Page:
A colossus of contemporary theatre, a prominent playwright and Padma Bhushan awardee Vijay Tendulkar was also a film and television writer, literary essayist, political journalist, and social commentator primarily in Marathi. Best known for his plays, Shantata! Court Chalu Aahe (1967), Ghashiram Kotwal (1972), and Sakharam Binder (1972), his work was largely inspired by real-life incidents or social upheavals. They examined unpalatable realities in a stark light. Many of his plays are regarded as Marathi theatre classics, and have gone on to be translated and performed in several Indian languages. A highly influential figure over five decades, he also penned 11 Hindi and 8 Marathi films of the art cinema genre. Among these are Nishant (1974), Akrosh (1980), and Ardh Satya (1984), which chronicled violence on the marginalised to stunning effect, as well as Samna (1975), Sinhaasan (1979), and Umbartha (1981) which dealt with women’s activism in India. Winner of the Padma Shree, and the Sangeet Natak Akademi Award followed by the Sangeet Akademi Award Fellowship, among other awards, he also won the National Film Award for Best Screenplay: Manthan (1976), and the Filmfare Best Screenplay Award for Aakrosh, and Ardh Satya.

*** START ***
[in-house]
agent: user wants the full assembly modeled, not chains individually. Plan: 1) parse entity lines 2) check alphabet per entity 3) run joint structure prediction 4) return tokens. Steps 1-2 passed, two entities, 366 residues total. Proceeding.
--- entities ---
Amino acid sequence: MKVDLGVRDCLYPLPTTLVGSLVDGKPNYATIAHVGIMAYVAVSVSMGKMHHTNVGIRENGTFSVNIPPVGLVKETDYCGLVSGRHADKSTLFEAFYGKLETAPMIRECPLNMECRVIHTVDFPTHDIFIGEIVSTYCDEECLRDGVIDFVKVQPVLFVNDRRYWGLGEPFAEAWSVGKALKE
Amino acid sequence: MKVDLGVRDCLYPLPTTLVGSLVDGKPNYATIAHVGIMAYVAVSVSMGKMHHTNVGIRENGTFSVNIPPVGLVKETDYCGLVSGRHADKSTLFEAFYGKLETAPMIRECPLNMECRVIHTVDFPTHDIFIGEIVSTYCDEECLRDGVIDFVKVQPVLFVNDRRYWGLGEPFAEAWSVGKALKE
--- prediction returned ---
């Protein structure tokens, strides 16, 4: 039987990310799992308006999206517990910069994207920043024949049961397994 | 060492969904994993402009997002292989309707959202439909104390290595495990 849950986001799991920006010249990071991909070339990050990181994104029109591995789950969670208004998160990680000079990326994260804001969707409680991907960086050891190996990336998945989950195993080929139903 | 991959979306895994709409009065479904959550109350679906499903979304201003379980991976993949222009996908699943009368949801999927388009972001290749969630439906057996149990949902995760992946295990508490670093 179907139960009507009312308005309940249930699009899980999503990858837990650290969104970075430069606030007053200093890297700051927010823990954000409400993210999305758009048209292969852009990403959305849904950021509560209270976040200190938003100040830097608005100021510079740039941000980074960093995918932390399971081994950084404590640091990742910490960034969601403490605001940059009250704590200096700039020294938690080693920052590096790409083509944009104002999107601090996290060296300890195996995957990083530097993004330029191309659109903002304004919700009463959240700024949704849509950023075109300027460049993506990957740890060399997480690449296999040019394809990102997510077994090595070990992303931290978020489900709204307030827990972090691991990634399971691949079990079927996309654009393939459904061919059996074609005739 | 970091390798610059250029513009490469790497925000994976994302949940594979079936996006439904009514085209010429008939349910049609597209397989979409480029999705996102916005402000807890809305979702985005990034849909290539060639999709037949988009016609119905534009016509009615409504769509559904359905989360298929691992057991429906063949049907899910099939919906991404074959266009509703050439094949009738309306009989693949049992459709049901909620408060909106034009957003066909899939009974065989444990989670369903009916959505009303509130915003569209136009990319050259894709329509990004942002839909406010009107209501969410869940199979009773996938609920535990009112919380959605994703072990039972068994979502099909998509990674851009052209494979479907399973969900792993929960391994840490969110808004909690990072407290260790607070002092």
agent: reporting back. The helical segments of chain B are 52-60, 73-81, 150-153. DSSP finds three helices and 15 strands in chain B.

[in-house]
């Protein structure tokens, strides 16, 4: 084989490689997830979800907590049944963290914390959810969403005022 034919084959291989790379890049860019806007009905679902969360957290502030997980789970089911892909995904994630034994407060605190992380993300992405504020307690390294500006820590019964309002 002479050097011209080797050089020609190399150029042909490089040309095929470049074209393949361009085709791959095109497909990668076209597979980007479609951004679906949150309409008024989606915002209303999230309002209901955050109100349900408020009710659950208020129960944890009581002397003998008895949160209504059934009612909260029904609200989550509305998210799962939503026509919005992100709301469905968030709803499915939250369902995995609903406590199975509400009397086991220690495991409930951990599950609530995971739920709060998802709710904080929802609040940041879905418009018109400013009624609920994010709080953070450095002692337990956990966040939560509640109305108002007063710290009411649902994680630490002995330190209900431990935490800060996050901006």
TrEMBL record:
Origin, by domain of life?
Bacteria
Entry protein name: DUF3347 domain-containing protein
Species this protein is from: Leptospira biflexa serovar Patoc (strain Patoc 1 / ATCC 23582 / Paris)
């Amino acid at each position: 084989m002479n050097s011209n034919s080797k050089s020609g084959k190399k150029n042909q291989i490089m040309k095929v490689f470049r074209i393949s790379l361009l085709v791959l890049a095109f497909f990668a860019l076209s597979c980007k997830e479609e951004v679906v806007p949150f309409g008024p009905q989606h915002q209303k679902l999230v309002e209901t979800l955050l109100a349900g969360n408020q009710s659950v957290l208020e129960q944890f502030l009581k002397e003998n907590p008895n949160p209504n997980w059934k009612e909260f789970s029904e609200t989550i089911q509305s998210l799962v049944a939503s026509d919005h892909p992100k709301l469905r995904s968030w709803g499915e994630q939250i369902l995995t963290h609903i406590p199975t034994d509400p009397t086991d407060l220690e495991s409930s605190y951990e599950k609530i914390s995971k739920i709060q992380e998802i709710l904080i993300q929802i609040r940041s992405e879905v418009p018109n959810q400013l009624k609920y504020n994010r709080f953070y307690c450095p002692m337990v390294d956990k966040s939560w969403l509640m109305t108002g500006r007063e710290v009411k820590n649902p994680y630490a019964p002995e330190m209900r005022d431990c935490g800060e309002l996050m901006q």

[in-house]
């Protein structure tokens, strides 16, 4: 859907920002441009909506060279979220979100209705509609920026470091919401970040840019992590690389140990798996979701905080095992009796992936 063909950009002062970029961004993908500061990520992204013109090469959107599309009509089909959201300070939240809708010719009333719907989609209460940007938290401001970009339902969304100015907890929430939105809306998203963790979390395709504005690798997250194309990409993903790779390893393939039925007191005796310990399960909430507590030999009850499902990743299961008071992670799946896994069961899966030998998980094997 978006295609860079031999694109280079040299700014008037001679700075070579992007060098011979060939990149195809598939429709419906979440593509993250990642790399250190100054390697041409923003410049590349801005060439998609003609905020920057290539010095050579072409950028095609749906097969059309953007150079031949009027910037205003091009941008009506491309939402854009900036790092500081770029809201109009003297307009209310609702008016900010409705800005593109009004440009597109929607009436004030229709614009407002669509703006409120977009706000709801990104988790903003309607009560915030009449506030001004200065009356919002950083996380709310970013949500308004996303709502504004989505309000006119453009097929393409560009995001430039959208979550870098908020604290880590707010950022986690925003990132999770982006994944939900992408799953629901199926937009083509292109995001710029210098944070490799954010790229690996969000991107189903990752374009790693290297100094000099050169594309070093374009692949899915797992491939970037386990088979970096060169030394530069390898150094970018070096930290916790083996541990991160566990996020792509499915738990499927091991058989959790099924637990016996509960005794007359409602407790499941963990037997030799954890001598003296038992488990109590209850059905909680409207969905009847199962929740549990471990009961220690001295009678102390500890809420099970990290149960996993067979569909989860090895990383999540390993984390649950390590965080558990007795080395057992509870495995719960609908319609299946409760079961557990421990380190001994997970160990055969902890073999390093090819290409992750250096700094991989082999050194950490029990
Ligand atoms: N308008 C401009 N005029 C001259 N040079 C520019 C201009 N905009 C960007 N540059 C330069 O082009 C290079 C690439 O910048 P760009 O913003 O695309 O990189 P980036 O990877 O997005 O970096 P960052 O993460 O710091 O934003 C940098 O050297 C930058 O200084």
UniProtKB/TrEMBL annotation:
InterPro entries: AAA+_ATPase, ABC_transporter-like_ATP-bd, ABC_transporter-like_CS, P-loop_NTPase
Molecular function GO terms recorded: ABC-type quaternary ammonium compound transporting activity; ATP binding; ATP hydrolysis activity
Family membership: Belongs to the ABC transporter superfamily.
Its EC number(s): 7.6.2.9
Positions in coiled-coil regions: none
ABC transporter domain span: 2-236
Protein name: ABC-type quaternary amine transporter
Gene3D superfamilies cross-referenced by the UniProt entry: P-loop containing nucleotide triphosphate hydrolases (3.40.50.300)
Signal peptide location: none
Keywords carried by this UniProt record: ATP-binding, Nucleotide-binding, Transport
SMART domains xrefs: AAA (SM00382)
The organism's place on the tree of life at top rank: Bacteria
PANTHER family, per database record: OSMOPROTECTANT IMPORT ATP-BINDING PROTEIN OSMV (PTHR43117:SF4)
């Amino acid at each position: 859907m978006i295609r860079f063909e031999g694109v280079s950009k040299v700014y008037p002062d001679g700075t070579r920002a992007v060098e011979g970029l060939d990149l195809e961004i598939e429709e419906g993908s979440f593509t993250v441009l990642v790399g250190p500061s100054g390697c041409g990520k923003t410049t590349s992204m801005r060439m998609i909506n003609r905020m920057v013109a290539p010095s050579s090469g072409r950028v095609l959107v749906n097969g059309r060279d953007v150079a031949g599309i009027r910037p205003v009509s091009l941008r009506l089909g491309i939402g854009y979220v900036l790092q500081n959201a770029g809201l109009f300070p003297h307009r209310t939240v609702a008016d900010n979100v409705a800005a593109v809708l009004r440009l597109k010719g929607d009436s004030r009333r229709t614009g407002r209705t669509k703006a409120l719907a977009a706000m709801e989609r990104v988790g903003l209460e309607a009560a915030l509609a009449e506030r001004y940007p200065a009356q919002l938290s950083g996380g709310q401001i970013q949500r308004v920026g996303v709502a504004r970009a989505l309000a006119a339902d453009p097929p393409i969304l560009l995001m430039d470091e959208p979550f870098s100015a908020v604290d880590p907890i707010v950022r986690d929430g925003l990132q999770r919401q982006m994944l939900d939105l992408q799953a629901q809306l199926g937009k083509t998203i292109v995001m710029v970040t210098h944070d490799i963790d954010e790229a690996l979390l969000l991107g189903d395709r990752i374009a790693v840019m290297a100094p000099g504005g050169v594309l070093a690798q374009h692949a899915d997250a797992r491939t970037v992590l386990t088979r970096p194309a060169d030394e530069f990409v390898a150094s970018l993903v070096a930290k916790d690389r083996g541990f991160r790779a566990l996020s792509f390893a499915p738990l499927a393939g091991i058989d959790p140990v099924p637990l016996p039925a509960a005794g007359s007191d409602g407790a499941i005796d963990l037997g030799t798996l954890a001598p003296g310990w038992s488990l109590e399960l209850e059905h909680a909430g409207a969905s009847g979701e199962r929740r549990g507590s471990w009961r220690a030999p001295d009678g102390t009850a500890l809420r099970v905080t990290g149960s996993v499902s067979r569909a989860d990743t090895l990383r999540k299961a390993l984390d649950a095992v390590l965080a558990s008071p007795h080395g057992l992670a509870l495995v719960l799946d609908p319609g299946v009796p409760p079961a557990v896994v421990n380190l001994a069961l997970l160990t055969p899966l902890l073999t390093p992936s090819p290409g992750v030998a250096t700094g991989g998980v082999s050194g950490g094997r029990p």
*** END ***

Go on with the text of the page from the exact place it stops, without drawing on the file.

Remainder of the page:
Born Vijay Dhondopant Tendulkar on 6 January, 1928 in Girgaon, Mumbai, his father held a clerical job and ran a small publishing business. Taking to writing at an early age owing to the literary environment at home, he was just 6 when he penned his first story. At age 11 he wrote, directed, and acted in his first play. He was 14 when he quit his studies to participate in the 1942 Indian Freedom movement, as well as the communist group Nabajiban Sanghatana, whose sense of sacrifice and discipline he found inspiring. Writing for newspapers, he also penned early plays while in his 20s. He made his mark with Srimant in 1956, which created a stir with its storyline which revolved around an unmarried young woman deciding to keep her unborn child even as her wealthy father tries to ‘purchase’ a husband for her to preserve his social prestige.